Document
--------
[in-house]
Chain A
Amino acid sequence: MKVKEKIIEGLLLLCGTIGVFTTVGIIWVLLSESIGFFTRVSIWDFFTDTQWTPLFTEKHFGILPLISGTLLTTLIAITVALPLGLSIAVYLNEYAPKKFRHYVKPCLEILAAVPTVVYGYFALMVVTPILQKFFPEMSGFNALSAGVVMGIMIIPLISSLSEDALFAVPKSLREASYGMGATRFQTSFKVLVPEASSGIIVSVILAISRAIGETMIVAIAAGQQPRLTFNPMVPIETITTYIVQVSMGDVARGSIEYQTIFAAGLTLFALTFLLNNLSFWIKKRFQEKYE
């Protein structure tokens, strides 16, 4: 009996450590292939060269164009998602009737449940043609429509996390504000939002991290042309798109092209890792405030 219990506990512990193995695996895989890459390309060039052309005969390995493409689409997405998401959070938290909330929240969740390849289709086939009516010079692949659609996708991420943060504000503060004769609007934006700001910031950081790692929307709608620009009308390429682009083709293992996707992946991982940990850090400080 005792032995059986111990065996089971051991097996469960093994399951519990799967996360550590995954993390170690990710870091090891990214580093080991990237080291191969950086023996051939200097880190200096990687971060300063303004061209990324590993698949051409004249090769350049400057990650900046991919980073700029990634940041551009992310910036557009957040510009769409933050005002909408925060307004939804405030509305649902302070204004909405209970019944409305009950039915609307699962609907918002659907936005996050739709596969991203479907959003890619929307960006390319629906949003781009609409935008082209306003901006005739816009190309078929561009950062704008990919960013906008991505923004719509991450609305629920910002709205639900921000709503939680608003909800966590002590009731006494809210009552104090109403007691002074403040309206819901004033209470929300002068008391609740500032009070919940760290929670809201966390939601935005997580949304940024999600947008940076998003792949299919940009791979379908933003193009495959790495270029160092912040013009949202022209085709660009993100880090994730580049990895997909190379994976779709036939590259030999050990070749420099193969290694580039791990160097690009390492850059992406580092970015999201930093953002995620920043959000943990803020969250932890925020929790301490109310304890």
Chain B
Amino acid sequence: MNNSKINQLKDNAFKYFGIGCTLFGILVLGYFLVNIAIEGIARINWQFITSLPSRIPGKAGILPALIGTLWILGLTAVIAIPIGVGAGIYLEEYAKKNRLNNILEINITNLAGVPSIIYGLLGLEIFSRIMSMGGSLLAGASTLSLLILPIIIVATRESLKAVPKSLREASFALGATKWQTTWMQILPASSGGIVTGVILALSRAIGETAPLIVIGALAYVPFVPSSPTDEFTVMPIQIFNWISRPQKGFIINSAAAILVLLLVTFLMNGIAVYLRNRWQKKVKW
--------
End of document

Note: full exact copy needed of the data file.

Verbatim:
[in-house]
Chain A
Amino acid sequence: MKVKEKIIEGLLLLCGTIGVFTTVGIIWVLLSESIGFFTRVSIWDFFTDTQWTPLFTEKHFGILPLISGTLLTTLIAITVALPLGLSIAVYLNEYAPKKFRHYVKPCLEILAAVPTVVYGYFALMVVTPILQKFFPEMSGFNALSAGVVMGIMIIPLISSLSEDALFAVPKSLREASYGMGATRFQTSFKVLVPEASSGIIVSVILAISRAIGETMIVAIAAGQQPRLTFNPMVPIETITTYIVQVSMGDVARGSIEYQTIFAAGLTLFALTFLLNNLSFWIKKRFQEKYE
């Protein structure tokens, strides 16, 4: 009996450590292939060269164009998602009737449940043609429509996390504000939002991290042309798109092209890792405030 219990506990512990193995695996895989890459390309060039052309005969390995493409689409997405998401959070938290909330929240969740390849289709086939009516010079692949659609996708991420943060504000503060004769609007934006700001910031950081790692929307709608620009009308390429682009083709293992996707992946991982940990850090400080 005792032995059986111990065996089971051991097996469960093994399951519990799967996360550590995954993390170690990710870091090891990214580093080991990237080291191969950086023996051939200097880190200096990687971060300063303004061209990324590993698949051409004249090769350049400057990650900046991919980073700029990634940041551009992310910036557009957040510009769409933050005002909408925060307004939804405030509305649902302070204004909405209970019944409305009950039915609307699962609907918002659907936005996050739709596969991203479907959003890619929307960006390319629906949003781009609409935008082209306003901006005739816009190309078929561009950062704008990919960013906008991505923004719509991450609305629920910002709205639900921000709503939680608003909800966590002590009731006494809210009552104090109403007691002074403040309206819901004033209470929300002068008391609740500032009070919940760290929670809201966390939601935005997580949304940024999600947008940076998003792949299919940009791979379908933003193009495959790495270029160092912040013009949202022209085709660009993100880090994730580049990895997909190379994976779709036939590259030999050990070749420099193969290694580039791990160097690009390492850059992406580092970015999201930093953002995620920043959000943990803020969250932890925020929790301490109310304890």
Chain B
Amino acid sequence: MNNSKINQLKDNAFKYFGIGCTLFGILVLGYFLVNIAIEGIARINWQFITSLPSRIPGKAGILPALIGTLWILGLTAVIAIPIGVGAGIYLEEYAKKNRLNNILEINITNLAGVPSIIYGLLGLEIFSRIMSMGGSLLAGASTLSLLILPIIIVATRESLKAVPKSLREASFALGATKWQTTWMQILPASSGGIVTGVILALSRAIGETAPLIVIGALAYVPFVPSSPTDEFTVMPIQIFNWISRPQKGFIINSAAAILVLLLVTFLMNGIAVYLRNRWQKKVKW